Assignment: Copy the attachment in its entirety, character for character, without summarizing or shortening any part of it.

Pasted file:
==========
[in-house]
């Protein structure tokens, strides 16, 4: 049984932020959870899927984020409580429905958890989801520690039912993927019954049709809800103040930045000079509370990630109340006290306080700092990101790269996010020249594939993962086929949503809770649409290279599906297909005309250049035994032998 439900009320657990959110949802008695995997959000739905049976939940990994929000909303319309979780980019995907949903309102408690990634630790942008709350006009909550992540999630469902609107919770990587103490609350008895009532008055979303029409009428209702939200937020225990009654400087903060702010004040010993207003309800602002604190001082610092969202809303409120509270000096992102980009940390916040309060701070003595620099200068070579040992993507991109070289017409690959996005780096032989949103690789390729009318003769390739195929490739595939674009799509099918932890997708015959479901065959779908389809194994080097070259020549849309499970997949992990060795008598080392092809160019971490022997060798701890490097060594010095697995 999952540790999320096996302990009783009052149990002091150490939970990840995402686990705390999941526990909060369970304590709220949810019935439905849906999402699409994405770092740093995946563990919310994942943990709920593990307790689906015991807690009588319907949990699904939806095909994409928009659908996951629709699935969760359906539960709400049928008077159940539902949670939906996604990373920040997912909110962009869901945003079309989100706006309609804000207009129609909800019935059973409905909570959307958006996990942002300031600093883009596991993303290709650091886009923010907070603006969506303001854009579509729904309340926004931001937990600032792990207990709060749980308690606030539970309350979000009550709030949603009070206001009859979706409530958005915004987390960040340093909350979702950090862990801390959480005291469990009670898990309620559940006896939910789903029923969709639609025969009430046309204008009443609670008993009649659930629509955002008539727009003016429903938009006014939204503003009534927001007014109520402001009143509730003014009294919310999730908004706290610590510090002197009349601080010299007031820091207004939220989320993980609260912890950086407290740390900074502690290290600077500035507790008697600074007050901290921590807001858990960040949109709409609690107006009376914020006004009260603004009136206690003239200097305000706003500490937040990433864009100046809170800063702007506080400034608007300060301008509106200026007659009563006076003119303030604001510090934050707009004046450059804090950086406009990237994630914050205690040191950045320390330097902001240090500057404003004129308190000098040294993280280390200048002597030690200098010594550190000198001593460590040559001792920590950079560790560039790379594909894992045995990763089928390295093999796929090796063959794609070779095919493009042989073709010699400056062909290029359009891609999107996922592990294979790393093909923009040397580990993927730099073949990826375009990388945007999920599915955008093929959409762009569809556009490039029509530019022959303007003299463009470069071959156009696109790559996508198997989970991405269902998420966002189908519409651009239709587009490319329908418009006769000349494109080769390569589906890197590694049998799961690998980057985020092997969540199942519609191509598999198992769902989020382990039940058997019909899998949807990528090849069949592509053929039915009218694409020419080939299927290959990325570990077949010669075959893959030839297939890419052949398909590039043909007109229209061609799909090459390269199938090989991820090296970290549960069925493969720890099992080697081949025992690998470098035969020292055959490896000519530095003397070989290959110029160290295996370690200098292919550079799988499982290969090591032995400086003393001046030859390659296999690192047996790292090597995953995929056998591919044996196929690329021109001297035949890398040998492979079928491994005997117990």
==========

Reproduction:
[in-house]
């Protein structure tokens, strides 16, 4: 049984932020959870899927984020409580429905958890989801520690039912993927019954049709809800103040930045000079509370990630109340006290306080700092990101790269996010020249594939993962086929949503809770649409290279599906297909005309250049035994032998 439900009320657990959110949802008695995997959000739905049976939940990994929000909303319309979780980019995907949903309102408690990634630790942008709350006009909550992540999630469902609107919770990587103490609350008895009532008055979303029409009428209702939200937020225990009654400087903060702010004040010993207003309800602002604190001082610092969202809303409120509270000096992102980009940390916040309060701070003595620099200068070579040992993507991109070289017409690959996005780096032989949103690789390729009318003769390739195929490739595939674009799509099918932890997708015959479901065959779908389809194994080097070259020549849309499970997949992990060795008598080392092809160019971490022997060798701890490097060594010095697995 999952540790999320096996302990009783009052149990002091150490939970990840995402686990705390999941526990909060369970304590709220949810019935439905849906999402699409994405770092740093995946563990919310994942943990709920593990307790689906015991807690009588319907949990699904939806095909994409928009659908996951629709699935969760359906539960709400049928008077159940539902949670939906996604990373920040997912909110962009869901945003079309989100706006309609804000207009129609909800019935059973409905909570959307958006996990942002300031600093883009596991993303290709650091886009923010907070603006969506303001854009579509729904309340926004931001937990600032792990207990709060749980308690606030539970309350979000009550709030949603009070206001009859979706409530958005915004987390960040340093909350979702950090862990801390959480005291469990009670898990309620559940006896939910789903029923969709639609025969009430046309204008009443609670008993009649659930629509955002008539727009003016429903938009006014939204503003009534927001007014109520402001009143509730003014009294919310999730908004706290610590510090002197009349601080010299007031820091207004939220989320993980609260912890950086407290740390900074502690290290600077500035507790008697600074007050901290921590807001858990960040949109709409609690107006009376914020006004009260603004009136206690003239200097305000706003500490937040990433864009100046809170800063702007506080400034608007300060301008509106200026007659009563006076003119303030604001510090934050707009004046450059804090950086406009990237994630914050205690040191950045320390330097902001240090500057404003004129308190000098040294993280280390200048002597030690200098010594550190000198001593460590040559001792920590950079560790560039790379594909894992045995990763089928390295093999796929090796063959794609070779095919493009042989073709010699400056062909290029359009891609999107996922592990294979790393093909923009040397580990993927730099073949990826375009990388945007999920599915955008093929959409762009569809556009490039029509530019022959303007003299463009470069071959156009696109790559996508198997989970991405269902998420966002189908519409651009239709587009490319329908418009006769000349494109080769390569589906890197590694049998799961690998980057985020092997969540199942519609191509598999198992769902989020382990039940058997019909899998949807990528090849069949592509053929039915009218694409020419080939299927290959990325570990077949010669075959893959030839297939890419052949398909590039043909007109229209061609799909090459390269199938090989991820090296970290549960069925493969720890099992080697081949025992690998470098035969020292055959490896000519530095003397070989290959110029160290295996370690200098292919550079799988499982290969090591032995400086003393001046030859390659296999690192047996790292090597995953995929056998591919044996196929690329021109001297035949890398040998492979079928491994005997117990």